How do Northeast Florida counties rank in health outcomes and factors?

Apr 25, 2011  •   Written by Erin Addington   •  no comments

The Robert Wood Johnson Foundation released their annual County Health Rankings and Northeast Florida’s counties continue to show great disparities.

The rankings — which were developed for all the counties in the nation by the RWJF and University of Wisconsin Population Health Institute — are based on a model of population health that emphasizes that many factors contribute to the health of a community.

Here is how Northeast Florida fared compared to the rest of the state:

Baker: 62 of 67 counties in Health Outcomes, 50 of 67 in Health Factors

  • Positives: Higher HS graduation rate than the state, low violent crime rate
  • Negatives: High rates of premature death, smoking, obesity, teen births, preventable hospital stays and motor vehicle deaths; less access to healthy foods

Clay: 6 of 67 counties in Health Outcomes, 15 of 67 in Health Factors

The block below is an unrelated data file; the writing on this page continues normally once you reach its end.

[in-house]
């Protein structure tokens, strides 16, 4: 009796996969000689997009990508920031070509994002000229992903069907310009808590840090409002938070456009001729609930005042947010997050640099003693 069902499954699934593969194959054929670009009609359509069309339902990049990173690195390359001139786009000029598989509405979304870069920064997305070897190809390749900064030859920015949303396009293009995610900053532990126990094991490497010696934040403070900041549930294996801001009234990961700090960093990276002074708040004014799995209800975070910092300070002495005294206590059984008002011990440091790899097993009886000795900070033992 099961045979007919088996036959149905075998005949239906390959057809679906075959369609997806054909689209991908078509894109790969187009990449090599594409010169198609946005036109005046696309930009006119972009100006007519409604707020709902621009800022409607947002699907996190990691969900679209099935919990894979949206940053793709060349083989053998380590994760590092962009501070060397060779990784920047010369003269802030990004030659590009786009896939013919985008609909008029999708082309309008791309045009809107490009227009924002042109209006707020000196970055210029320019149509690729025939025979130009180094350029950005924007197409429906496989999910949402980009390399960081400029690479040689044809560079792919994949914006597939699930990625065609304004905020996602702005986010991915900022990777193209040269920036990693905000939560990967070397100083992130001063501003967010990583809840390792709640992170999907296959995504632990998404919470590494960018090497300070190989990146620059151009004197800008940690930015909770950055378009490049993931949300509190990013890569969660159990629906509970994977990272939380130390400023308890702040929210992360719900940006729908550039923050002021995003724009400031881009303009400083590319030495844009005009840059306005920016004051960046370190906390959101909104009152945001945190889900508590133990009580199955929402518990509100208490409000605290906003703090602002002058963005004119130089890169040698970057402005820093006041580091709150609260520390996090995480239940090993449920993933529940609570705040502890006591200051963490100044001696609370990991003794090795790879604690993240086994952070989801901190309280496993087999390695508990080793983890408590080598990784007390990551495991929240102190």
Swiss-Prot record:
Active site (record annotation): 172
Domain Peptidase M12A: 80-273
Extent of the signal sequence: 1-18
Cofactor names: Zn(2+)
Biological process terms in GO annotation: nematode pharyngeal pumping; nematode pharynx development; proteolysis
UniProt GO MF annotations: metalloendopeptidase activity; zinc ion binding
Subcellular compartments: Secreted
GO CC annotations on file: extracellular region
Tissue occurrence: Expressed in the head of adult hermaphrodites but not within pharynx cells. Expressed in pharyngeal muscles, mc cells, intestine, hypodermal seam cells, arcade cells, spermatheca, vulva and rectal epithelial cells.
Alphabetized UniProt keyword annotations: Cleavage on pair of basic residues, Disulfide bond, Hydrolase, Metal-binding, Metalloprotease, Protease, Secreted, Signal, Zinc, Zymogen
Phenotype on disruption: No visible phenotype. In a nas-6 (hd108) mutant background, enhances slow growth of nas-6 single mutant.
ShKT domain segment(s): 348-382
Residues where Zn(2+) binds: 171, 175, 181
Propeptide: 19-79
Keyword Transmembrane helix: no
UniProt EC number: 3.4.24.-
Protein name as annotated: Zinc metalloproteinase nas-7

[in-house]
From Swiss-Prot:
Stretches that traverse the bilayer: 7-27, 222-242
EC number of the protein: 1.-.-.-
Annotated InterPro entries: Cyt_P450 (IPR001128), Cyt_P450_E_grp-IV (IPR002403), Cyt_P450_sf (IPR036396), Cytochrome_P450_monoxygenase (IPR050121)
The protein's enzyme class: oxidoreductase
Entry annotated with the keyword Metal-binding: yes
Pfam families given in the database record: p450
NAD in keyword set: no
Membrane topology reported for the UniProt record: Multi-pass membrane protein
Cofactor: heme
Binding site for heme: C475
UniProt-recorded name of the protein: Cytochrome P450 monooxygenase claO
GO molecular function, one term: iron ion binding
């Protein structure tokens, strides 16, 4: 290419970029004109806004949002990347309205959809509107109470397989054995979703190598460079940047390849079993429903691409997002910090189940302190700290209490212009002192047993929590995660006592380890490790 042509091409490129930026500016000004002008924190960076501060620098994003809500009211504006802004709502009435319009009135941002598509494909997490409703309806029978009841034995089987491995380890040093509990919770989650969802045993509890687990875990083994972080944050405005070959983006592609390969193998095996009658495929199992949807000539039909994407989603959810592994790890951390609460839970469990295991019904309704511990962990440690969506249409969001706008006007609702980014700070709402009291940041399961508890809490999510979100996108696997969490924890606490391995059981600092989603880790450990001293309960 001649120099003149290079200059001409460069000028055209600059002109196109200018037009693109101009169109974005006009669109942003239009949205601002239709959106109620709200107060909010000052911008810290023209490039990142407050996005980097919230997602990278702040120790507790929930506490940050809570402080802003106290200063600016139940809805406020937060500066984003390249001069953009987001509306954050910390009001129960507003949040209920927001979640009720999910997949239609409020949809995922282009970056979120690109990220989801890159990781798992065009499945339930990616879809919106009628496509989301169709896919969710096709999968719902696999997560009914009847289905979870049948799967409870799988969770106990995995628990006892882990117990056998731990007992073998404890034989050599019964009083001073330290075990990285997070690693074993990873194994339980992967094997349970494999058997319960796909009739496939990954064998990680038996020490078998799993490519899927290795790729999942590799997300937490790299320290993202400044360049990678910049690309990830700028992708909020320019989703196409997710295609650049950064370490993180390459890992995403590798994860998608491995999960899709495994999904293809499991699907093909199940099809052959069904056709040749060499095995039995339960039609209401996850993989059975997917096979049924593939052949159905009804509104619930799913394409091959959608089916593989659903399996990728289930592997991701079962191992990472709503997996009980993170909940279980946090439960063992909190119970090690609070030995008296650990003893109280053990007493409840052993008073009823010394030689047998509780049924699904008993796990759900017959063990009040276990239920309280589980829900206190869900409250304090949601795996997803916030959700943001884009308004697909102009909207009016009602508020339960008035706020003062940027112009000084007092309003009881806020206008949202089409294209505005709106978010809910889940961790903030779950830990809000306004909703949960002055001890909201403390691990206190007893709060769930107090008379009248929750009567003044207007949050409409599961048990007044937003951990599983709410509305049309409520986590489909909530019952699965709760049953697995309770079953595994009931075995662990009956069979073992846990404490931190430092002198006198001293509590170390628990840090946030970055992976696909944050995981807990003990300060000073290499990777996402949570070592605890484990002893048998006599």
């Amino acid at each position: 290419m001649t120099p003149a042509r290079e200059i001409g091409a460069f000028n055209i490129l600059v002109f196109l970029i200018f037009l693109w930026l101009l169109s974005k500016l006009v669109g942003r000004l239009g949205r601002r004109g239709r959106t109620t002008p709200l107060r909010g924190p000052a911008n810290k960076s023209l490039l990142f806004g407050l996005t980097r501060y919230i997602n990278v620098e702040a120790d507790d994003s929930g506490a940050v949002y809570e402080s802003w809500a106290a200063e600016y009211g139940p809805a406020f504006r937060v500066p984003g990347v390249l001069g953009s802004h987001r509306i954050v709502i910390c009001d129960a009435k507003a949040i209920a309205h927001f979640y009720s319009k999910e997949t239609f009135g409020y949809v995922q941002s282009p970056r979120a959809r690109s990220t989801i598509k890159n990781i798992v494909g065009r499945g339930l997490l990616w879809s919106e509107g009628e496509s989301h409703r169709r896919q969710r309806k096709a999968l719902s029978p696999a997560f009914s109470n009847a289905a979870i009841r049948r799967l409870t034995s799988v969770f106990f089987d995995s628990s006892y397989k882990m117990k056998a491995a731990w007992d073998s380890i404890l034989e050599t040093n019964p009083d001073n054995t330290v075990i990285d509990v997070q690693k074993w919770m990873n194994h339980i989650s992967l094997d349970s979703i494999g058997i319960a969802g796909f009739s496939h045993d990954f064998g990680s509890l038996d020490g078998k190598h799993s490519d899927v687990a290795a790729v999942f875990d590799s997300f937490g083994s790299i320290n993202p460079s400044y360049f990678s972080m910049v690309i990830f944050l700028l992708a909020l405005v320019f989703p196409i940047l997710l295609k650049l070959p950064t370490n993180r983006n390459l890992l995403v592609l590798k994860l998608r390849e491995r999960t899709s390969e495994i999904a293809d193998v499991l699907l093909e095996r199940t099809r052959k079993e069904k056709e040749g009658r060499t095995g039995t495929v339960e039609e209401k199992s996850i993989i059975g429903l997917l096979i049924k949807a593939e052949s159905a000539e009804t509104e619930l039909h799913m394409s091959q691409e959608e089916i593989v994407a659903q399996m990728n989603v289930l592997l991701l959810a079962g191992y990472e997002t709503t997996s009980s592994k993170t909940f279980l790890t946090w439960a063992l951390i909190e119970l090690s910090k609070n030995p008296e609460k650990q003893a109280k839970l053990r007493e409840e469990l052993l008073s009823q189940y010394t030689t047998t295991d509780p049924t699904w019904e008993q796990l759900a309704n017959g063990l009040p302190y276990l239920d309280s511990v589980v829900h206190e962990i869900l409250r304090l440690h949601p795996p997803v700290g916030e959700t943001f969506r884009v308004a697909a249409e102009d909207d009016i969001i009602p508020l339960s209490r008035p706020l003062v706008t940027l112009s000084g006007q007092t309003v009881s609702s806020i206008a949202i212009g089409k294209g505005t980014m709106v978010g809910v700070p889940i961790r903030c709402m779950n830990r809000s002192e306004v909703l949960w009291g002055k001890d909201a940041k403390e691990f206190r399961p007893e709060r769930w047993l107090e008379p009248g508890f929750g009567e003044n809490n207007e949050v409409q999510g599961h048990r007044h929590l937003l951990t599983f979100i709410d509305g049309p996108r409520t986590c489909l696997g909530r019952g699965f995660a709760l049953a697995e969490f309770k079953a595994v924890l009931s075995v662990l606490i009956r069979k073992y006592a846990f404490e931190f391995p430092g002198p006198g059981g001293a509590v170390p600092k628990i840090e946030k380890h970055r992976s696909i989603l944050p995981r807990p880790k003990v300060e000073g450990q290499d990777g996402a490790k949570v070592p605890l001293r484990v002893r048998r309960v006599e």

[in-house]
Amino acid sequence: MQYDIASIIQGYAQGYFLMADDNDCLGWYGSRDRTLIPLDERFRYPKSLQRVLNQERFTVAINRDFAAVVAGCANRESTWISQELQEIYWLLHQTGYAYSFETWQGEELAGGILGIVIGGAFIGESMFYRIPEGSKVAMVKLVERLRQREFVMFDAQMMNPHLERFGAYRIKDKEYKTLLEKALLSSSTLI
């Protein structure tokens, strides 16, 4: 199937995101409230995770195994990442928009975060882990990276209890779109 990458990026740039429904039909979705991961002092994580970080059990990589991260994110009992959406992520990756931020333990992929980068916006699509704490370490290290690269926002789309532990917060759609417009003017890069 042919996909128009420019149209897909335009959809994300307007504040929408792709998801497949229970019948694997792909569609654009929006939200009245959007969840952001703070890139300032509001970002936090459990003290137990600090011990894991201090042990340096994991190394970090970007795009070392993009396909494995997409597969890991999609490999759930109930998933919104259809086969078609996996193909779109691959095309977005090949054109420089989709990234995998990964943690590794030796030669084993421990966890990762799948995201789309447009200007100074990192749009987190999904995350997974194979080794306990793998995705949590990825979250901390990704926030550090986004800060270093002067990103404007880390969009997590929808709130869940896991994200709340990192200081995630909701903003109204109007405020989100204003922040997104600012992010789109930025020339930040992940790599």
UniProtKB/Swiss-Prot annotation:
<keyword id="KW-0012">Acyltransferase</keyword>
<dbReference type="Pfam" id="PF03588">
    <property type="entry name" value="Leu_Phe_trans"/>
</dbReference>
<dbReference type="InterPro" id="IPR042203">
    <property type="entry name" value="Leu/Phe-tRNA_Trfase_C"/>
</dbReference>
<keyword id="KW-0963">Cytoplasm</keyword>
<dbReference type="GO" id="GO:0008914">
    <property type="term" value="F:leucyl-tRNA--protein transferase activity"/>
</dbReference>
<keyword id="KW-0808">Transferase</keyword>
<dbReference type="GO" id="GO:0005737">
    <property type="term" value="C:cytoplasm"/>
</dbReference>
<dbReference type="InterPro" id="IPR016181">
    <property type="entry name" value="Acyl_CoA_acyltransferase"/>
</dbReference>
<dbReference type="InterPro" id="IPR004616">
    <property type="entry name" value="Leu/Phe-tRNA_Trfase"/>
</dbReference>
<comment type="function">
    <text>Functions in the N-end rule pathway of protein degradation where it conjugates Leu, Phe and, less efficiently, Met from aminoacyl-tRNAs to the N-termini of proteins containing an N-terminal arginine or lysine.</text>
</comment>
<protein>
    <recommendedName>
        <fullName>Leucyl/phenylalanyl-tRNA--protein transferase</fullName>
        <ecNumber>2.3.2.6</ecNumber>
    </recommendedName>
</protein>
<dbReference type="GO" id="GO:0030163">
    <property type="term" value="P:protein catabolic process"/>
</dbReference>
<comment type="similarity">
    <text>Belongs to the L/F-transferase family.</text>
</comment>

• Positives: High HS graduation rate and college attendance, lower rate of children in poverty
  • Negatives: High rates of smoking and obesity

Duval: 46 of 67 counties in Health Outcomes, 28 of 67 in Health Factors

  • Positives: Access to primary care providers, healthy foods
  • Negatives: High incidence of low birth weight babies, low HS graduation rate, high rates of teen births, violent crimes and premature deaths

Nassau: 31 of 67 counties in Health Outcomes, 21 of 67 in Health Factors

  • Positives: Higher HS graduation rate than the state, lower incidence of low birth weight babies
  • Negatives: High rates of obesity, teen births, violent crimes and premature deaths

St. Johns: 3 of 67 counties in Health Outcomes, 1 of 67 in Health Factors

  • Positives: Lower incidence of premature death and low birth weight babies, high HS graduation rate and college attendance
  • Negatives: High rate of excessive drinking, less access to healthy foods

How did your county do?

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